If the sensor 11 is a sensor that detects when it is in contact with water, the sensor is preferably mounted at a level below the level of the air intake 9. This allows time for the valve to close before the water level reaches the valve Alternatively, the sensor 11 may be a tilt sensor, that detects the angle of tilt of a boat in which the propulsion unit is mounted. If the sensor 11 detects that the tilt of the boat has reached a value at which the boat is likely to capsize, the sensor 11 may again send an output that is effective to close the switch 10 and thereby put the valve 1 into its closed state. If the boat should capsize, water is again prevented from entering the air intake of the marine propulsion unit. When the vessel is righted, the propulsion unit does not require to be drained of water and can be re-started almost immediately.
As a further alternative, switch 10 may be controlled by the output from both a water level sensor and a tilt sensor, so that the air intake of the propulsion unit 8 is closed if the vessel sinks or if the vessel capsizes. It should be understood that the present invention is not limited to the embodiments described above. For example, the valve is not limited to actuation by a solenoid actuator as shown in Figure 4(b). In an alternative embodiment, the piston 4 of the valve may be made such that the piston is naturally buoyant, for example by making the piston 4 of a buoyant plastics material. The valve 1 may be oriented such that the internal passage 3 through the valve is substantially vertical, and is open at its upper and lower ends. If the vessel should start to sink, the water level will rise and, when the water level reaches the piston 4, the piston will float owing to its natural buoyancy. As the water level increases further, the piston will move along the internal passage until it closes the aperture 5 as shown in Figure 2(a) - thereby preventing water from entering the air intake of the engine. In this embodiment, it is preferable for a means for preventing further travel of the piston 4 to be provided, so that the piston continues to seal the aperture even if the water level rises further - this may be arranged by, for example, providing a region of reduced internal diameter in the internal passage 3 so as to prevent further movement of the piston 4 beyond the position in which it seals the aperture 5.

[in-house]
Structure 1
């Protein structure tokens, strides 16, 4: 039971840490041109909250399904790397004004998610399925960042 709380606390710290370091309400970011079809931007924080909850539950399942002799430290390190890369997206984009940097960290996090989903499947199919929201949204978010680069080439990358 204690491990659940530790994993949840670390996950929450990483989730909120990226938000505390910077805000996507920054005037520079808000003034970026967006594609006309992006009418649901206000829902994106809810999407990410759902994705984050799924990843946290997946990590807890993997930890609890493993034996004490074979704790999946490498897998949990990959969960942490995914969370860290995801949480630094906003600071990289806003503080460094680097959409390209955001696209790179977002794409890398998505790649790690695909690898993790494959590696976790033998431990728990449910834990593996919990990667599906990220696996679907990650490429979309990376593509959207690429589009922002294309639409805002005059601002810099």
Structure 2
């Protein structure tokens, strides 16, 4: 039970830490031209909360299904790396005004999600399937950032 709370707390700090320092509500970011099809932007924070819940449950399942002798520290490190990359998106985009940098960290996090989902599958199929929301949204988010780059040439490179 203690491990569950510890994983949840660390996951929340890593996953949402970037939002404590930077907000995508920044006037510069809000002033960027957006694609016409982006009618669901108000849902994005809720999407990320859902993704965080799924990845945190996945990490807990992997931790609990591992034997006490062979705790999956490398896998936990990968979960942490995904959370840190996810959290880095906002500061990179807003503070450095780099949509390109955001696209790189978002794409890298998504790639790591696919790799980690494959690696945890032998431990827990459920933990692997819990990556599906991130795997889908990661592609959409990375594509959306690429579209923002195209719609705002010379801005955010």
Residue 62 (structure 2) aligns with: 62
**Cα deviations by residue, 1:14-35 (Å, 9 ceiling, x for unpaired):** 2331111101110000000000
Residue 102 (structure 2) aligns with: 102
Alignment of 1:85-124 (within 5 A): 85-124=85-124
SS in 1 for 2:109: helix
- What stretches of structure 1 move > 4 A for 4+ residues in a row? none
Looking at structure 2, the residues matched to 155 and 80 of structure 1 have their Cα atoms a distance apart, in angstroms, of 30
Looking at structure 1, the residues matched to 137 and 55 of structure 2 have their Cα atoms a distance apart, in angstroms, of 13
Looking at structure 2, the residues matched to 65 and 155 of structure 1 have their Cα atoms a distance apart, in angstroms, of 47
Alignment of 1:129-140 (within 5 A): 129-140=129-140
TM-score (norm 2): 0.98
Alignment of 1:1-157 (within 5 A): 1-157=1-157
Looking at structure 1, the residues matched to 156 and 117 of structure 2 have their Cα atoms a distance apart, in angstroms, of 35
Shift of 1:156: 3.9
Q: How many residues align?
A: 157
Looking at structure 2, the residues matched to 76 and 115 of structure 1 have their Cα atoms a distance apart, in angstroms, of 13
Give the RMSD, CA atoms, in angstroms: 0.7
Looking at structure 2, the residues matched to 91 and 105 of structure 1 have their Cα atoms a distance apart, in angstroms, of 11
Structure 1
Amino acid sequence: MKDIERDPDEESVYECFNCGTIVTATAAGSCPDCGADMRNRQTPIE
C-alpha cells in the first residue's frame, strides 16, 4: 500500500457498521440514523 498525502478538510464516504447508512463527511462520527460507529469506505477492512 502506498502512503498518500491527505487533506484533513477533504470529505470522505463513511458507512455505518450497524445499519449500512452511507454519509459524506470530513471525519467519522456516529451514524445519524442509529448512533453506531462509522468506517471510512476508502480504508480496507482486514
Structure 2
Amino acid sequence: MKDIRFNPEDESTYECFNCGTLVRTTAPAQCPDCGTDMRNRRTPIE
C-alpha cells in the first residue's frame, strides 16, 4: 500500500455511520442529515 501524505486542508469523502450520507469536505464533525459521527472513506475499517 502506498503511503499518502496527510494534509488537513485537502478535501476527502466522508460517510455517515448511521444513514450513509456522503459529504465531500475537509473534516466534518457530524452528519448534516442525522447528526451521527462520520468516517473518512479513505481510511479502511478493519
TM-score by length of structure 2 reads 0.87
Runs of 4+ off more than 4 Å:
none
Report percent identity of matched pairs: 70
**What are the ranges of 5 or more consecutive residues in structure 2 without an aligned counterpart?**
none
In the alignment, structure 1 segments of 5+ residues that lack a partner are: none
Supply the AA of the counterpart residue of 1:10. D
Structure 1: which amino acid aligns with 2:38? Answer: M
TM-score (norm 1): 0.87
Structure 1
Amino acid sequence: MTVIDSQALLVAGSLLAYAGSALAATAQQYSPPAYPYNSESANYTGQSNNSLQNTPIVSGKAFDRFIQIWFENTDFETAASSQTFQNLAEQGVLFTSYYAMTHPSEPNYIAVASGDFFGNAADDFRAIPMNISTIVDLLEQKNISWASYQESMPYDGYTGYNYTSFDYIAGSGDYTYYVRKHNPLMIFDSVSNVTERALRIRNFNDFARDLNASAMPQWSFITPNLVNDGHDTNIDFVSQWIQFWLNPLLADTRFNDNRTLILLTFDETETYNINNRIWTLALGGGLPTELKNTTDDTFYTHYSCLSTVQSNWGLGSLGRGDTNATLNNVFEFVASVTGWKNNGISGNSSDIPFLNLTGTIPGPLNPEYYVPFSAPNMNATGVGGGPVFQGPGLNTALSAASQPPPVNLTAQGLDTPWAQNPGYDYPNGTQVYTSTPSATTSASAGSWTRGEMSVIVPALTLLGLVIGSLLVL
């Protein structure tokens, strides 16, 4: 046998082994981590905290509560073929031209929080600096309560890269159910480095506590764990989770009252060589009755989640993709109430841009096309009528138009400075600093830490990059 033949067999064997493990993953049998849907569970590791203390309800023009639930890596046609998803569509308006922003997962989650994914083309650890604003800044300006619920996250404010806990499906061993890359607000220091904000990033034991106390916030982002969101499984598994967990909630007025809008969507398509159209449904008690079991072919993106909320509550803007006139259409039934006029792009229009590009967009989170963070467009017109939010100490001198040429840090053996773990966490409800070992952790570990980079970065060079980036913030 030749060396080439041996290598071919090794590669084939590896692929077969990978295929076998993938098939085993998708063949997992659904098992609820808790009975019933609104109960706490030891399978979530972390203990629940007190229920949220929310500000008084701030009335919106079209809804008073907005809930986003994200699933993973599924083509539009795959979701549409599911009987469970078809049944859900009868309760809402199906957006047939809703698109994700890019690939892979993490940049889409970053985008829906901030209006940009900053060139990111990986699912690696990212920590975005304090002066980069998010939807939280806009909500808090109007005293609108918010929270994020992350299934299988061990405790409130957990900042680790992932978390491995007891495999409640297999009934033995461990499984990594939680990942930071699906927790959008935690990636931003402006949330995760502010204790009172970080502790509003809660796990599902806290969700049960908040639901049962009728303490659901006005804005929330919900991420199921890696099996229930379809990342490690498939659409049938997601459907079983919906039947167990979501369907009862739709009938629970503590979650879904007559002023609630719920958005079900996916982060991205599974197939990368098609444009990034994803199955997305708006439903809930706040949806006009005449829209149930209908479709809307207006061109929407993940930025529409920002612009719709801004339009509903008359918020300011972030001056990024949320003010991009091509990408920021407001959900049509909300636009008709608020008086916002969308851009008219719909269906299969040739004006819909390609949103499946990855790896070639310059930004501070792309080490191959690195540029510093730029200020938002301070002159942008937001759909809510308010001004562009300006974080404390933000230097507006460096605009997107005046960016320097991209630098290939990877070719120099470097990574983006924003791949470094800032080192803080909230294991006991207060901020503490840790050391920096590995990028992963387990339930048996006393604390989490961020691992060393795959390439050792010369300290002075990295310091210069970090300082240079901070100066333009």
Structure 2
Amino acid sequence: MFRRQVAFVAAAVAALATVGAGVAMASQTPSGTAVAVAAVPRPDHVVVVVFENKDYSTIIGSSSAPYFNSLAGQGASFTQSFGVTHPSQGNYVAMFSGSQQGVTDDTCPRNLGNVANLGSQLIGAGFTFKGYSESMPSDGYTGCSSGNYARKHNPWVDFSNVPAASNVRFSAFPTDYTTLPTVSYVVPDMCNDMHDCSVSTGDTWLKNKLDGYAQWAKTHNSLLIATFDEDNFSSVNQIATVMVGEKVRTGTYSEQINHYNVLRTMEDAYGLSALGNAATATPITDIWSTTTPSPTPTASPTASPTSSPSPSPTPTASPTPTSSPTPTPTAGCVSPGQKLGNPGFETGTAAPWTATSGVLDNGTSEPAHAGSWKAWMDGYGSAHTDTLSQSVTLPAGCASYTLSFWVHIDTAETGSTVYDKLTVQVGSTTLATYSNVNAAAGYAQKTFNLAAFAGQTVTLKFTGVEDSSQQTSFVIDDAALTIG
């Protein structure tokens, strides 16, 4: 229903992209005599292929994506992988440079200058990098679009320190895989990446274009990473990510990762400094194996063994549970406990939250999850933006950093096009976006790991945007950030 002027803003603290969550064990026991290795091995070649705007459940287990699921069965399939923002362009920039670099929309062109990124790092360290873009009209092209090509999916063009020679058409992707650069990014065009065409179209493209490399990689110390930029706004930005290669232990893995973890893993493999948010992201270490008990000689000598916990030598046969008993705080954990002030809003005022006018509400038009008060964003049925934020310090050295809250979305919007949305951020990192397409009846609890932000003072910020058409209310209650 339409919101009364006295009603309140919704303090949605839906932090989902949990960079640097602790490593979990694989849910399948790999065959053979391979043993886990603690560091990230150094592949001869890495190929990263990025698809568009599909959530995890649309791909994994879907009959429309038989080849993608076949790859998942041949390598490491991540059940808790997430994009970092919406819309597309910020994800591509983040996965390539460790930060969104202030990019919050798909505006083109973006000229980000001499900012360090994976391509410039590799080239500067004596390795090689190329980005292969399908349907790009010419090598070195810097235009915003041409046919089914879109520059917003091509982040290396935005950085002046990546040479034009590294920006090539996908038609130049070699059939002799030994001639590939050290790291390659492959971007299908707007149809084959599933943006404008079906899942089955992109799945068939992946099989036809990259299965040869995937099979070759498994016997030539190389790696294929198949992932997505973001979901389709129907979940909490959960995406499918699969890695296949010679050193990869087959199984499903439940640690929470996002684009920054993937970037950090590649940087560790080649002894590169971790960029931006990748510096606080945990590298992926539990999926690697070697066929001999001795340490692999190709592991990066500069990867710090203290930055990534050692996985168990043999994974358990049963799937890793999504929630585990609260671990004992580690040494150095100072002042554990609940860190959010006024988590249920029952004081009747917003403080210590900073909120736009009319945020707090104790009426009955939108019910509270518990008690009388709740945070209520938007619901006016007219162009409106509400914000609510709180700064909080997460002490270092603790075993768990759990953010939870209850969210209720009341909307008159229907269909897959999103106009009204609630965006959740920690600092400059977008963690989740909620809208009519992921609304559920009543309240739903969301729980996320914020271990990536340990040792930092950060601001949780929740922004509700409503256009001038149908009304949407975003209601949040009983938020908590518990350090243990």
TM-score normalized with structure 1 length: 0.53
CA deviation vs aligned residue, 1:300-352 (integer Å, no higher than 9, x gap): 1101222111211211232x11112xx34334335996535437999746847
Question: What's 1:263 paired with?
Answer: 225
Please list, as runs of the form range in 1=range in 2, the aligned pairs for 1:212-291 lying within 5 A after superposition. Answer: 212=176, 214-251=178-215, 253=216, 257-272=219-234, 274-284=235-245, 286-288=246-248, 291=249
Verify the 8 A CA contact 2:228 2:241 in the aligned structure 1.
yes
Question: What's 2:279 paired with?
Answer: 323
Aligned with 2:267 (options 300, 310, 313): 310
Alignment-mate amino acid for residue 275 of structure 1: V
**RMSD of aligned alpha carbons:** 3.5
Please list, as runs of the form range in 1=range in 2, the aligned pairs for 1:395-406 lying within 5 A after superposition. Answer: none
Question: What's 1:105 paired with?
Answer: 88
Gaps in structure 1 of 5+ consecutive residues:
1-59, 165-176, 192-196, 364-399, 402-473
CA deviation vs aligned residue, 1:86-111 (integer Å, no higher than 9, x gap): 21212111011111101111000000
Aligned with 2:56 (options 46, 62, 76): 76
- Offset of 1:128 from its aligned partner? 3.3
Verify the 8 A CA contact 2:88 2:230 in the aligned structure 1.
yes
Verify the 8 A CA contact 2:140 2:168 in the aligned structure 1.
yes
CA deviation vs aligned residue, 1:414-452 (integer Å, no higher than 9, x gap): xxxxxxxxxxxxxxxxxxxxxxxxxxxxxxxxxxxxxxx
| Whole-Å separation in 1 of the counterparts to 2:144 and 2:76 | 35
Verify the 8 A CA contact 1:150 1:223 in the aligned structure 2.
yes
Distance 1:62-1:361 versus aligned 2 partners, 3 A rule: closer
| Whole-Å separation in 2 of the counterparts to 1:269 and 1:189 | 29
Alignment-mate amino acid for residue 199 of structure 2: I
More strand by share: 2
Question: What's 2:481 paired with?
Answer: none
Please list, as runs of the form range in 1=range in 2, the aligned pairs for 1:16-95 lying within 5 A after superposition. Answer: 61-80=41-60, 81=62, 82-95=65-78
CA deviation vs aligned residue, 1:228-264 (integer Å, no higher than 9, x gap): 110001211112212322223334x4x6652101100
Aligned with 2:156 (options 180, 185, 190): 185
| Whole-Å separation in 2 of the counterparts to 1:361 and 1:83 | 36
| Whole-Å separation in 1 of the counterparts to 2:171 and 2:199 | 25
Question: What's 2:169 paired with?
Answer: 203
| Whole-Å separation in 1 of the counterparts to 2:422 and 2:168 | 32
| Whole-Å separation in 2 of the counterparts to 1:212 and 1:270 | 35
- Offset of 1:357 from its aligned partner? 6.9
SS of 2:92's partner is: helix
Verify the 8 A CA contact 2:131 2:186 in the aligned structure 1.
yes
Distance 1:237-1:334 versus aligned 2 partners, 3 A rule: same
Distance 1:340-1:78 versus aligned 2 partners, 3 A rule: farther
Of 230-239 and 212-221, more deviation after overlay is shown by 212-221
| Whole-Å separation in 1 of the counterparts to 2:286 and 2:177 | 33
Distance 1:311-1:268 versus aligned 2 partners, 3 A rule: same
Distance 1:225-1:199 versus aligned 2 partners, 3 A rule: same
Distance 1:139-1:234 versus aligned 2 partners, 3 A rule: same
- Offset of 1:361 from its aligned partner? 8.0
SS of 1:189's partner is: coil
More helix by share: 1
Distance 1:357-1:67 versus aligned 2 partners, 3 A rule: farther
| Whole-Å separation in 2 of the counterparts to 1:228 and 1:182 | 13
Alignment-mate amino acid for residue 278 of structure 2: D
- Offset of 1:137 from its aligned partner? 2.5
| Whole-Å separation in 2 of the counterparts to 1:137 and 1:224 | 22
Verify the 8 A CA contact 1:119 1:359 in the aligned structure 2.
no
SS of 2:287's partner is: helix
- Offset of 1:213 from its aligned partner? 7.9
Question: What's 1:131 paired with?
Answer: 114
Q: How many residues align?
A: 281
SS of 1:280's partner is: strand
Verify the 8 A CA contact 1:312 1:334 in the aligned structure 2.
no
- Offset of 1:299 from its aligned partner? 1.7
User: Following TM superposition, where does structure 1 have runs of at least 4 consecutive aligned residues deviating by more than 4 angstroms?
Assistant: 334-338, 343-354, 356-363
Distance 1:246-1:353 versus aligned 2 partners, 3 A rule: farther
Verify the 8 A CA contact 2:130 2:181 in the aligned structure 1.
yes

Moreover, where the invention is embodied using an actuator to move the piston 4 along the internal passage of the valve body the invention is not limited to an electro- mechanical solenoid actuator as in the above embodiment. Any suitable actuator may be used. By referring to an "actuator" that moves the piston along the internal passage of the valve body is meant a component that, under control of a suitable control system, moves the piston a desired distance along the internal passage of the valve body. Any suitable actuator may be used, including (but without limitation) an electro-magnetic actuator, a mechanical actuator, a linear motor, a hydraulic actuator such as a hydraulic cylinder, a pneumatic actuator such as a pneumatic cylinder, a telescopic actuator, or a piezoelectric actuator.